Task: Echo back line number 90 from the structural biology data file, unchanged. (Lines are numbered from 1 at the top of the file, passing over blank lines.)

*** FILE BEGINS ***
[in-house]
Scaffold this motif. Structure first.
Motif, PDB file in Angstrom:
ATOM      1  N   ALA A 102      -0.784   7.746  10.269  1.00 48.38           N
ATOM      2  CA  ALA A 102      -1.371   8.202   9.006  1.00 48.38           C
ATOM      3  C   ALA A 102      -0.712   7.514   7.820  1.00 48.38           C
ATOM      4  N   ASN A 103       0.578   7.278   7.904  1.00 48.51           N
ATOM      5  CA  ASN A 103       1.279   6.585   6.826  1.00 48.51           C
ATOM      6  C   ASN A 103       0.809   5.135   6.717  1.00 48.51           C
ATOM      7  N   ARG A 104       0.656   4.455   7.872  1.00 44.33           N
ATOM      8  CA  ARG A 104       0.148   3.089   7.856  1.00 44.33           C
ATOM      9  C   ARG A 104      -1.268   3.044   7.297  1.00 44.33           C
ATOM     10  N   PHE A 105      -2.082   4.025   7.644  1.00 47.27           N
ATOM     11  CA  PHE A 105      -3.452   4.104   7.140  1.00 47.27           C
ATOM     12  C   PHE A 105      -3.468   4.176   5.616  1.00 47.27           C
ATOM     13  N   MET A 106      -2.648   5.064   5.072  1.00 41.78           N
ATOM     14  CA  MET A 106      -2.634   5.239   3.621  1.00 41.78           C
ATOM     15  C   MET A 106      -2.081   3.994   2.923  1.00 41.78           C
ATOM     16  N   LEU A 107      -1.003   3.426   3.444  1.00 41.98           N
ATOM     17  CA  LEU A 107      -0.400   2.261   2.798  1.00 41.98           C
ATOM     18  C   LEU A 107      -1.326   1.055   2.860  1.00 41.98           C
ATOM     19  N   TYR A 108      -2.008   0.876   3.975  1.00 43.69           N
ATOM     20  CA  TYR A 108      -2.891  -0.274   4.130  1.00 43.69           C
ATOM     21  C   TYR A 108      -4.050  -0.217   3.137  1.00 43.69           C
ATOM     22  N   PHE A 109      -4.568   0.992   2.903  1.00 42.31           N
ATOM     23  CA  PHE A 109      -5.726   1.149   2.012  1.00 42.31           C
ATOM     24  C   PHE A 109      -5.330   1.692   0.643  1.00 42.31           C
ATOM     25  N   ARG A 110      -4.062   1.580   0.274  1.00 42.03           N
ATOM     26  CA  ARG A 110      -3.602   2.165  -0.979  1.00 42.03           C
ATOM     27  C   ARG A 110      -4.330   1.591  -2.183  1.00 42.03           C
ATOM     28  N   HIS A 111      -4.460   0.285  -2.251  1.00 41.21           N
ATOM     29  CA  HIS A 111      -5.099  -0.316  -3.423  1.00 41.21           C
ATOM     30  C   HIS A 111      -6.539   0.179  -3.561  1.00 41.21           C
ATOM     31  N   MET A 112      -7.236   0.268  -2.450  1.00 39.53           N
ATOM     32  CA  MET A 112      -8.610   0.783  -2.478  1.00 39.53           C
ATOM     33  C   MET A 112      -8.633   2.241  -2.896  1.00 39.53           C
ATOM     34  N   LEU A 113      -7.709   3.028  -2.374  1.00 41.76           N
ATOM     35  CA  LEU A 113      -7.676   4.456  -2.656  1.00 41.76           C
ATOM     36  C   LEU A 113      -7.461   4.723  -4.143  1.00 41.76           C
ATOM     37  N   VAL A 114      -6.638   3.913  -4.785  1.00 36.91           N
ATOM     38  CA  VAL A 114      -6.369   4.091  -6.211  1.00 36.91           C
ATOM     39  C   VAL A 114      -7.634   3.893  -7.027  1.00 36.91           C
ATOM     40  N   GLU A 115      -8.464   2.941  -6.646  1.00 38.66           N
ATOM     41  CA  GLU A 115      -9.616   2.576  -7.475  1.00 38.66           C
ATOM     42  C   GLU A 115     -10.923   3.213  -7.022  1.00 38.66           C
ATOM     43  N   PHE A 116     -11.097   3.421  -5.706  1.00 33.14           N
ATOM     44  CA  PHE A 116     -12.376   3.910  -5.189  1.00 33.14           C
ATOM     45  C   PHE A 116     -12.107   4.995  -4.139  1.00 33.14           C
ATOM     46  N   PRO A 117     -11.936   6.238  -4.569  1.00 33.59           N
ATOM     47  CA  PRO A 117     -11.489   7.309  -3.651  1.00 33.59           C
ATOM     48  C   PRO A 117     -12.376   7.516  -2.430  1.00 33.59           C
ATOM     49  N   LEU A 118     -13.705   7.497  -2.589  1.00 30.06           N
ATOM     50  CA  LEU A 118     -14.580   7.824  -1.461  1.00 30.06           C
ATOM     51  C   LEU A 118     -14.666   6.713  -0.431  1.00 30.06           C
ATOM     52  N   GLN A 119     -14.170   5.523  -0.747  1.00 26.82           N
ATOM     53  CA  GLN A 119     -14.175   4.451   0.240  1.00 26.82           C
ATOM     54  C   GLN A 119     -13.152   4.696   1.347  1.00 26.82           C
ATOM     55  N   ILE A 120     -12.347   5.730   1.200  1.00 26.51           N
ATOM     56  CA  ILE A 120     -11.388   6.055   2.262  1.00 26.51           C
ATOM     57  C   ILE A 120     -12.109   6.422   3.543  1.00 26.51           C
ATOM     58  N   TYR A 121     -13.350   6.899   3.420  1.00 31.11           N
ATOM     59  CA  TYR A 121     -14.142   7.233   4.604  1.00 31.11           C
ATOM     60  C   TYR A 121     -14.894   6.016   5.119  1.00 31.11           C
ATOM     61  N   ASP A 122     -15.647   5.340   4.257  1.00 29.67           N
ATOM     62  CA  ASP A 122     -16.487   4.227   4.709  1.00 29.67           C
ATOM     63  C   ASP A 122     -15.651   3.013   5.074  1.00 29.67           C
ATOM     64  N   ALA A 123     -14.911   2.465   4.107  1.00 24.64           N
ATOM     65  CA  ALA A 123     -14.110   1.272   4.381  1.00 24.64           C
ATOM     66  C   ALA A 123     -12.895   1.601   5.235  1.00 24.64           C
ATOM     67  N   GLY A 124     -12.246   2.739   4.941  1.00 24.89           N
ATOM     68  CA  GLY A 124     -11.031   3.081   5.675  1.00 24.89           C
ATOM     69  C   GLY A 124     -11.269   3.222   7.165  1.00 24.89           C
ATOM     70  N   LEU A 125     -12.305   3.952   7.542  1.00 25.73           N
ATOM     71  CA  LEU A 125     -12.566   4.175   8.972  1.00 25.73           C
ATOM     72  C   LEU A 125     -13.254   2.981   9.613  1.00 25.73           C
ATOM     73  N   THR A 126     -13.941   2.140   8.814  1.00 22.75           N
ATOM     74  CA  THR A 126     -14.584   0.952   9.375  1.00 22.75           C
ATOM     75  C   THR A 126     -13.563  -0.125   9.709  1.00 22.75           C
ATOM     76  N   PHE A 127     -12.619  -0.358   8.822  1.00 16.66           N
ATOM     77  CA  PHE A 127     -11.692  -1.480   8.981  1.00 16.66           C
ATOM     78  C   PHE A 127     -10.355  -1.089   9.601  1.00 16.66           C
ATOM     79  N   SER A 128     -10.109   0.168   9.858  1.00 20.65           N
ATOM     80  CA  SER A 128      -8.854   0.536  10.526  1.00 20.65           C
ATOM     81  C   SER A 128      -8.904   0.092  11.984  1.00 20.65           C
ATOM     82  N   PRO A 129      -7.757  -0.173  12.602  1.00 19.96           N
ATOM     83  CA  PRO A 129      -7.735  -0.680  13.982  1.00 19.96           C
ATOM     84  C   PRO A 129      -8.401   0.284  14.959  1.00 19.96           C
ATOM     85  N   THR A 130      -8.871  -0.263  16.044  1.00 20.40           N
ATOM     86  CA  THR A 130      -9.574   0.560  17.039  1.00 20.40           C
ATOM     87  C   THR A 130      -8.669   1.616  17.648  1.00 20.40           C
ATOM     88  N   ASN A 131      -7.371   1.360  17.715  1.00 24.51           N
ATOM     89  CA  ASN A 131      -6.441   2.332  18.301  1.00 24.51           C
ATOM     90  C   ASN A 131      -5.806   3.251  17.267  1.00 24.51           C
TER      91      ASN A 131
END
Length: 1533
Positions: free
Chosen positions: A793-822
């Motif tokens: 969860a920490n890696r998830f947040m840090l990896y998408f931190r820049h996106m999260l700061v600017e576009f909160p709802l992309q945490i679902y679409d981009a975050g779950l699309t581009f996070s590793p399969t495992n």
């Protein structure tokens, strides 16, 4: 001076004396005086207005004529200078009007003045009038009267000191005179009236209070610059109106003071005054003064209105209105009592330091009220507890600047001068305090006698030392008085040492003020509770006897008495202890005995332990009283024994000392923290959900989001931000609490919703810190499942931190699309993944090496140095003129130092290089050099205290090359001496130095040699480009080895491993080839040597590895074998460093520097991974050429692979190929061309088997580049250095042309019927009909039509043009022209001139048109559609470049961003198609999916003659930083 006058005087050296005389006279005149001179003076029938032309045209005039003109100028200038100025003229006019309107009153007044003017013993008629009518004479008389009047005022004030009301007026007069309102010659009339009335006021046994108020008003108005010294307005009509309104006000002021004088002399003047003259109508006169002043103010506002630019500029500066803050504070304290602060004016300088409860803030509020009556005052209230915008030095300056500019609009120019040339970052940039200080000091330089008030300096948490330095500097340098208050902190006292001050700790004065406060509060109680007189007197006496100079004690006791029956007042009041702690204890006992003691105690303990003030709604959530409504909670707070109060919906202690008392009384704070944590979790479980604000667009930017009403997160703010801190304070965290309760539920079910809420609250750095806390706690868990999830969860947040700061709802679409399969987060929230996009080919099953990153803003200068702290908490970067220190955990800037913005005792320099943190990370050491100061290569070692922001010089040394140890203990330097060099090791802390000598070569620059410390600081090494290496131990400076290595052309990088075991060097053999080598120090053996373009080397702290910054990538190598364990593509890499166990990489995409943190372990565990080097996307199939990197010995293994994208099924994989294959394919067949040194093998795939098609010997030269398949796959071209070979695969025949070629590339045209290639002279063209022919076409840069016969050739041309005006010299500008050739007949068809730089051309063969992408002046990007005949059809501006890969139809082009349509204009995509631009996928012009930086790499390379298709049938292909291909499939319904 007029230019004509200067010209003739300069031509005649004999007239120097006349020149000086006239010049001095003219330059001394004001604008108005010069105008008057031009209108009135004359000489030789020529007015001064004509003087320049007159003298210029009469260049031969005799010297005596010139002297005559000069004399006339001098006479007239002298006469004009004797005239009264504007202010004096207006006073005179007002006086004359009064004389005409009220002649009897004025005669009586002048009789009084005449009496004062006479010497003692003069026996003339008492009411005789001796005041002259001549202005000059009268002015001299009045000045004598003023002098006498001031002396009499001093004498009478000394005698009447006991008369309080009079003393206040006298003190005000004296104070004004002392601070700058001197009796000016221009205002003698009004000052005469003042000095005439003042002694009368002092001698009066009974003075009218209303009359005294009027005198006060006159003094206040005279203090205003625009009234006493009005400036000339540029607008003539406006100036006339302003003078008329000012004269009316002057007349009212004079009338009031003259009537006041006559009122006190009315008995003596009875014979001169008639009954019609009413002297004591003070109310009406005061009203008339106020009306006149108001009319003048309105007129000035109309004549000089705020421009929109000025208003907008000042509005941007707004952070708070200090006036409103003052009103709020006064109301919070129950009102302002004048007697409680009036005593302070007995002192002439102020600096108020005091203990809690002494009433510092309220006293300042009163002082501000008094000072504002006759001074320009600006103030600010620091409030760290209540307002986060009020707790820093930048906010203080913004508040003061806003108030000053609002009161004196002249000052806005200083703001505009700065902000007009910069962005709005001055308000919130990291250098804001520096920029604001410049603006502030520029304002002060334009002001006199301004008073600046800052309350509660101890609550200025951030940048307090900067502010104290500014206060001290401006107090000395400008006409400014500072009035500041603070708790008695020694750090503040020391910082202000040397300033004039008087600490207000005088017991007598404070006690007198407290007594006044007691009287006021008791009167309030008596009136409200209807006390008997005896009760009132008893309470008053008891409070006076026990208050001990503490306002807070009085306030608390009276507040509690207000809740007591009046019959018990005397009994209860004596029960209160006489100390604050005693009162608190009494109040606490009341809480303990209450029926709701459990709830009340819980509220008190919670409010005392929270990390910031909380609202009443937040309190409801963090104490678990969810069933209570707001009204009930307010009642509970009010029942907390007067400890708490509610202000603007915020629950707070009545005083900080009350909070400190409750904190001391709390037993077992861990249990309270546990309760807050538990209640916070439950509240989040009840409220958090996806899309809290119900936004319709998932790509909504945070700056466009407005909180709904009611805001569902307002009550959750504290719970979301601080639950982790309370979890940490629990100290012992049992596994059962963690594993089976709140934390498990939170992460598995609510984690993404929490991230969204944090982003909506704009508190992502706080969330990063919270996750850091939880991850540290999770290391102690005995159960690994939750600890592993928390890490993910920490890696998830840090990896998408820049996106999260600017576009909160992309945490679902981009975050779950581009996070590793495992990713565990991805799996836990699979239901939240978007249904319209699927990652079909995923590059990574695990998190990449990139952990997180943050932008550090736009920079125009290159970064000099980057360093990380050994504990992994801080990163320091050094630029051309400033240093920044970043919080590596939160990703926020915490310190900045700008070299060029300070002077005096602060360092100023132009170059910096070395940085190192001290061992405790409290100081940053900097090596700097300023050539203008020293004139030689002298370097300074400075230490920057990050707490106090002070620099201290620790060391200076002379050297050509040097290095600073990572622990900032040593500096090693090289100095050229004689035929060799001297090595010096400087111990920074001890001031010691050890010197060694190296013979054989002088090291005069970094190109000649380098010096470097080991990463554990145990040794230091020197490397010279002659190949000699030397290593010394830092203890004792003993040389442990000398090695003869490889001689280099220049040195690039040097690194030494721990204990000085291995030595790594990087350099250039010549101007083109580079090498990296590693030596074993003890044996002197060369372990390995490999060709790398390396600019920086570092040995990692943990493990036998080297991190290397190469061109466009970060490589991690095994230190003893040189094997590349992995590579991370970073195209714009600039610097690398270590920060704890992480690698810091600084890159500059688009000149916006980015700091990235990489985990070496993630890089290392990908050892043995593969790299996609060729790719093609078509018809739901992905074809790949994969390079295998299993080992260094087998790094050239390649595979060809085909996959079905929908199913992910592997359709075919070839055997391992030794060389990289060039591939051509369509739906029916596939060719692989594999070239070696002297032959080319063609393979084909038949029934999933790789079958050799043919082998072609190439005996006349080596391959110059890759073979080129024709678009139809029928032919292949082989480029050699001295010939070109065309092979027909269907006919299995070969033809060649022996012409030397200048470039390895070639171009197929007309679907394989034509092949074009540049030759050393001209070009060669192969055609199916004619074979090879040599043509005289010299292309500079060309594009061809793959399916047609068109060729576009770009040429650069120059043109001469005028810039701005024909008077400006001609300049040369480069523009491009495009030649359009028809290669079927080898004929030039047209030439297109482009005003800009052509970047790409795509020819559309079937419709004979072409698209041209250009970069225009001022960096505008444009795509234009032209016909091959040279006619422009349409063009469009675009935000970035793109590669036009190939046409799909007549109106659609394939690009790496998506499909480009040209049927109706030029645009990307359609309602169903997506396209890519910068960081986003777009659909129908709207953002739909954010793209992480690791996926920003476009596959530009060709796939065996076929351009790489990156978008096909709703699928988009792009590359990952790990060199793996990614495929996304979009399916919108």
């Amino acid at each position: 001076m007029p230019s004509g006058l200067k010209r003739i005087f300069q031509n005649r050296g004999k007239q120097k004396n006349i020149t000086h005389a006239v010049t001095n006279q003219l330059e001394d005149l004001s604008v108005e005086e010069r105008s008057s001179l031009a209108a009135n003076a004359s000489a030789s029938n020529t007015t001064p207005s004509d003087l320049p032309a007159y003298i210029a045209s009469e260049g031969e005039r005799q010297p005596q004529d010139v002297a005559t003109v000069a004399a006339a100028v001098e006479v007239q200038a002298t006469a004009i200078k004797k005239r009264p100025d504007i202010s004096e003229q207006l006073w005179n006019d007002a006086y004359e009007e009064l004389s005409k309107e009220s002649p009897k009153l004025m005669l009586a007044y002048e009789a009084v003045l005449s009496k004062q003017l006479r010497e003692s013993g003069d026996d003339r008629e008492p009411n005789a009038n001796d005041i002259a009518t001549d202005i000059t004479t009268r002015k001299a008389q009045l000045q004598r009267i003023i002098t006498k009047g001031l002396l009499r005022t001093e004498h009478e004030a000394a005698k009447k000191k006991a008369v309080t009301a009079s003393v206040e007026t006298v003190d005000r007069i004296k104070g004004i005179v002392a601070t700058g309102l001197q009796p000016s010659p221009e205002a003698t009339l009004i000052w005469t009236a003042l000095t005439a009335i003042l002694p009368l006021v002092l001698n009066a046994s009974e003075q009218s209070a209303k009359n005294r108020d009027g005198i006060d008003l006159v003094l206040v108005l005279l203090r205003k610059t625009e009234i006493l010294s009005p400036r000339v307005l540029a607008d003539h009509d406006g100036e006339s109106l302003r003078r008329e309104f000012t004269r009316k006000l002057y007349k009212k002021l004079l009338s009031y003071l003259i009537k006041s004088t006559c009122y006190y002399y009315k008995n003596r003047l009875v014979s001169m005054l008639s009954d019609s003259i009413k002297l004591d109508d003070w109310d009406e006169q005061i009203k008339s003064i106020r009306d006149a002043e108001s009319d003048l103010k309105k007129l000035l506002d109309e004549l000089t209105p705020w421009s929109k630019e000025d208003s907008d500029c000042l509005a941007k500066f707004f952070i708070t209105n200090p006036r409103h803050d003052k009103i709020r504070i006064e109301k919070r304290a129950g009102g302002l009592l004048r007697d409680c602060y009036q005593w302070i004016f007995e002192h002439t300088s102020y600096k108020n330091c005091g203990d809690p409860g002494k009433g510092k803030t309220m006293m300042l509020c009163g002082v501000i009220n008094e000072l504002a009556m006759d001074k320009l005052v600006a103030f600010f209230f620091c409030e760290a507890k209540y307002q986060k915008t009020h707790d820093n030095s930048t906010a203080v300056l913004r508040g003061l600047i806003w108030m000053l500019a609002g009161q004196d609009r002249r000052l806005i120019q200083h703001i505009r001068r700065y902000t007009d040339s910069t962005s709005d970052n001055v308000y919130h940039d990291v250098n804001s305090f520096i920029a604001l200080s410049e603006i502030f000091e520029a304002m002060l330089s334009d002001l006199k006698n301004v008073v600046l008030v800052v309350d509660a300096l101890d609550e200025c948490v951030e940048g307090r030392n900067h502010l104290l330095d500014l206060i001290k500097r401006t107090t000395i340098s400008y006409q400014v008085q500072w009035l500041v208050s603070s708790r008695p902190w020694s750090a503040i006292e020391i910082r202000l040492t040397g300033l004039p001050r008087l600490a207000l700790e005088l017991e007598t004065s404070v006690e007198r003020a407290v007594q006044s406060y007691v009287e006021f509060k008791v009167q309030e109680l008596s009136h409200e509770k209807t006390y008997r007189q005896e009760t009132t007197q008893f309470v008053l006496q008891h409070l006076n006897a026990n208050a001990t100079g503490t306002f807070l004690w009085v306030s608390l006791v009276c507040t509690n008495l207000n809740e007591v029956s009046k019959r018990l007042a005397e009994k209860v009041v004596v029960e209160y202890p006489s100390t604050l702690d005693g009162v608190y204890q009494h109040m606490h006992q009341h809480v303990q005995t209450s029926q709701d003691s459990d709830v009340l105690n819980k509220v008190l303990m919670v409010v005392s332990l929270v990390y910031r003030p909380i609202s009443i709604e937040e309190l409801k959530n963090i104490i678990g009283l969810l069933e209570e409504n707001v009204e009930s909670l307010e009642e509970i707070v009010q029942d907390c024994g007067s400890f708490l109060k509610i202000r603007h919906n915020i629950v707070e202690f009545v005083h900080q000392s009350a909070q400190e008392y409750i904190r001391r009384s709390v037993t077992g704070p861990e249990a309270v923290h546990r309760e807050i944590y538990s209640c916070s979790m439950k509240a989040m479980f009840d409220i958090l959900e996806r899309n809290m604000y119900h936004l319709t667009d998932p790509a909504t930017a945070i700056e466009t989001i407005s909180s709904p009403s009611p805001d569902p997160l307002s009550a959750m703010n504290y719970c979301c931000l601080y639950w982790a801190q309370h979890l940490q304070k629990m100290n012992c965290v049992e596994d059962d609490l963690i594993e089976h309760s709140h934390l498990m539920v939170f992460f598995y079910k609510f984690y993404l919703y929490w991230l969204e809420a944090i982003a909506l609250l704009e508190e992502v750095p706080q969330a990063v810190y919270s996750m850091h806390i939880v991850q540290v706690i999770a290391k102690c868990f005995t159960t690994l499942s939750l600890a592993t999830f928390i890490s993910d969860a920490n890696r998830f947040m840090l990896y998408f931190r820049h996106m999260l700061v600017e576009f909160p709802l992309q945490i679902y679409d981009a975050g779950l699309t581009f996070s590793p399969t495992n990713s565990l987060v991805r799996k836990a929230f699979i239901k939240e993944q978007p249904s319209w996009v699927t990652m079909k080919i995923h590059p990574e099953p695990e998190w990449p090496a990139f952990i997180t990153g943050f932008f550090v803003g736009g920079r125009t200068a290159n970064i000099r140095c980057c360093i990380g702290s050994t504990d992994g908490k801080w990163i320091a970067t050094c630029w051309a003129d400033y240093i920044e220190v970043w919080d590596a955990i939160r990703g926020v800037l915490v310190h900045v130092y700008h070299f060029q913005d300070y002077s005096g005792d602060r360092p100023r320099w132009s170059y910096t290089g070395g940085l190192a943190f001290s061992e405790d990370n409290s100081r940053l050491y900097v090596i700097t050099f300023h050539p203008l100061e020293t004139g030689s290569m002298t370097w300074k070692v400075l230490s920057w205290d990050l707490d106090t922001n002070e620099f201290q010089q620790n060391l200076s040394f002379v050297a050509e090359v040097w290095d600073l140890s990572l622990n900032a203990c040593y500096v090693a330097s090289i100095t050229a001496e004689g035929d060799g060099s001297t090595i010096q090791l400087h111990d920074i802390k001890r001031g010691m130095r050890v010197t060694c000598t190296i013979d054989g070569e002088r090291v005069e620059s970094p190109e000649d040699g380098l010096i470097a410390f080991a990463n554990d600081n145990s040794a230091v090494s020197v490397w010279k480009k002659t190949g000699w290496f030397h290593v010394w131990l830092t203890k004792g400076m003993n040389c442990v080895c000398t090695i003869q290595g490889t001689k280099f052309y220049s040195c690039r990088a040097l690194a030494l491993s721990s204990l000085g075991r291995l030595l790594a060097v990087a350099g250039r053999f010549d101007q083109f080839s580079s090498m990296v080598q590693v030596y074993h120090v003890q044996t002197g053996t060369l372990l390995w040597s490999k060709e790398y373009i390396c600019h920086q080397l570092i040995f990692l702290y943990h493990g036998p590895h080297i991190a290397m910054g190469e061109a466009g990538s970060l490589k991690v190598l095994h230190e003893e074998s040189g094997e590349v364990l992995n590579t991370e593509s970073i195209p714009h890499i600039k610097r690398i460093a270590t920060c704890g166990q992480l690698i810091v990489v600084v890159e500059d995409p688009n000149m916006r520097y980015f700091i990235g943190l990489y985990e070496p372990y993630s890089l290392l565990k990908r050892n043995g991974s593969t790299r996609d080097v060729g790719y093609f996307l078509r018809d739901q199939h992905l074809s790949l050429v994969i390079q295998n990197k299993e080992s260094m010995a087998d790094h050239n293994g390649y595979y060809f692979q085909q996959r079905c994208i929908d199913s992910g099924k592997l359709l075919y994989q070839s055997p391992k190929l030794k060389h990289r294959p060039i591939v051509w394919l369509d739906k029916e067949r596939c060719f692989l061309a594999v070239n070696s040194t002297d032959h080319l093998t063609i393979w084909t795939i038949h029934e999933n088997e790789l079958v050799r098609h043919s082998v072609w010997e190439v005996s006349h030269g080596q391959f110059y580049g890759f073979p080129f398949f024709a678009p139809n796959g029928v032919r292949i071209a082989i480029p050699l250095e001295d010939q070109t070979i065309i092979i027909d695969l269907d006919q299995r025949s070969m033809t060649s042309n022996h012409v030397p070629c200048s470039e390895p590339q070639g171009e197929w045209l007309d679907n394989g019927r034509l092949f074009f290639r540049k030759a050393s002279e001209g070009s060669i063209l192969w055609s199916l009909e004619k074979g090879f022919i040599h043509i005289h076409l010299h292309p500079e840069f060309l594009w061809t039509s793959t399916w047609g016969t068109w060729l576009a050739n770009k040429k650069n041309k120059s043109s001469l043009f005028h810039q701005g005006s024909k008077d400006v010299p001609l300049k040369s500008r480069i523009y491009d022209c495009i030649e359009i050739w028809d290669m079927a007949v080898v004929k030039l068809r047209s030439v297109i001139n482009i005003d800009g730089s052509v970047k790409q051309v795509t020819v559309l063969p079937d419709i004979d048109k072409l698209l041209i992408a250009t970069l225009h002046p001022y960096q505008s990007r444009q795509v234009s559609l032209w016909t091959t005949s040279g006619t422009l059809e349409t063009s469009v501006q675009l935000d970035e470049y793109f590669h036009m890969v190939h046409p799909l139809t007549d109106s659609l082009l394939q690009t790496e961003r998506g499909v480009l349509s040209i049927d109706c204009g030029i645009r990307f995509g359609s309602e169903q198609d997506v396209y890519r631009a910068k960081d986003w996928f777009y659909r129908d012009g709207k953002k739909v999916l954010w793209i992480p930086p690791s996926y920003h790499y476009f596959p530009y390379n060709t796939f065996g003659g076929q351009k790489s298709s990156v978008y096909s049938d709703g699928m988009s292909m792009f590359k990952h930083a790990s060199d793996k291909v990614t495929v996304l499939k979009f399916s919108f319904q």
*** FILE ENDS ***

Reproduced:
ATOM     87  C   THR A 130      -8.669   1.616  17.648  1.00 20.40           C